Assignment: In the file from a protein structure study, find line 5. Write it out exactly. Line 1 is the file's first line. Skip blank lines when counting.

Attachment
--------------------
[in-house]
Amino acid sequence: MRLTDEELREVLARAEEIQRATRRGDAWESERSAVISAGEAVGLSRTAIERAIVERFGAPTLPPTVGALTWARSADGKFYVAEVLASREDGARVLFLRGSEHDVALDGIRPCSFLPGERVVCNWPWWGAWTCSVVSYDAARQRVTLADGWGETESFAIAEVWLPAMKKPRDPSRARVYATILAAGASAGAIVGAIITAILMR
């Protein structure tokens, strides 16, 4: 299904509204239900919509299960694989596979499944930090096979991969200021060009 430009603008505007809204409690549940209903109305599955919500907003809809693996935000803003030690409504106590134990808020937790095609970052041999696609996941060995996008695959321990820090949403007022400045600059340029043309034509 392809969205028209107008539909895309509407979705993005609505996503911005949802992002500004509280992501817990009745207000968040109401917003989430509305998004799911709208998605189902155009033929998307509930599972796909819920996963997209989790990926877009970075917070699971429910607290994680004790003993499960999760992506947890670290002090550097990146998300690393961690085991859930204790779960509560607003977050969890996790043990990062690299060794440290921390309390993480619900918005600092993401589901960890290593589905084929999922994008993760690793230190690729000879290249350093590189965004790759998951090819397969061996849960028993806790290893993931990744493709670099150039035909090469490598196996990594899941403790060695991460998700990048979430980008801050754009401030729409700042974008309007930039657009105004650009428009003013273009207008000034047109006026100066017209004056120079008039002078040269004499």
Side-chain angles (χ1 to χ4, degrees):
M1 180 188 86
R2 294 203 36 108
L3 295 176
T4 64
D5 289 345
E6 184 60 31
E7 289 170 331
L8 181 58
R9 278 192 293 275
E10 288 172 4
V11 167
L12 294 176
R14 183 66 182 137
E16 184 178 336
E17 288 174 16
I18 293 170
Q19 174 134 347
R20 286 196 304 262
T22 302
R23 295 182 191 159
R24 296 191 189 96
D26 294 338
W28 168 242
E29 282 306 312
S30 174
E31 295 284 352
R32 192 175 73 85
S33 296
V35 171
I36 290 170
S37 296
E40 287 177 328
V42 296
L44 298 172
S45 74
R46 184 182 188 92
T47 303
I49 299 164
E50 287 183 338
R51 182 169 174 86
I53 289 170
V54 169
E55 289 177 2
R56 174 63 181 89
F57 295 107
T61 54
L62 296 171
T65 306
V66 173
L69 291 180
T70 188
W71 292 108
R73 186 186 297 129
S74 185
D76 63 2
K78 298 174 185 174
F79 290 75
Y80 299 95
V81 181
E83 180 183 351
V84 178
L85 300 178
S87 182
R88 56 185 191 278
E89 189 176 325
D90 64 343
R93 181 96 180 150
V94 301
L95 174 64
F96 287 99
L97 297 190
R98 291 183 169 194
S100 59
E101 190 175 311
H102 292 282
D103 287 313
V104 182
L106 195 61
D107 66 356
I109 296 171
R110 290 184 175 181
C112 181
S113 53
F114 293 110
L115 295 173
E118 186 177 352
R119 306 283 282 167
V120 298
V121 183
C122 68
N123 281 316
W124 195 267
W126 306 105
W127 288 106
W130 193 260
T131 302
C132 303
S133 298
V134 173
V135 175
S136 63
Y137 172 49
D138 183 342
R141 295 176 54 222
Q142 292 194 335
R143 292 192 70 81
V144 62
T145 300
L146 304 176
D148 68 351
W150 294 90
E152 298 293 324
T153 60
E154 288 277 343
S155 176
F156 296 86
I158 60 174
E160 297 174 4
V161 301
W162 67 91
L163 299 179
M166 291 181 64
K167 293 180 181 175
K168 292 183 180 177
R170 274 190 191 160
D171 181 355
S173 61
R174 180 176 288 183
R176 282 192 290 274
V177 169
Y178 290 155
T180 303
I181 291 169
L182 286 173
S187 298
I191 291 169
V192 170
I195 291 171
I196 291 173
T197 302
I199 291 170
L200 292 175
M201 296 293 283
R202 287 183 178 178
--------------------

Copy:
M1 180 188 86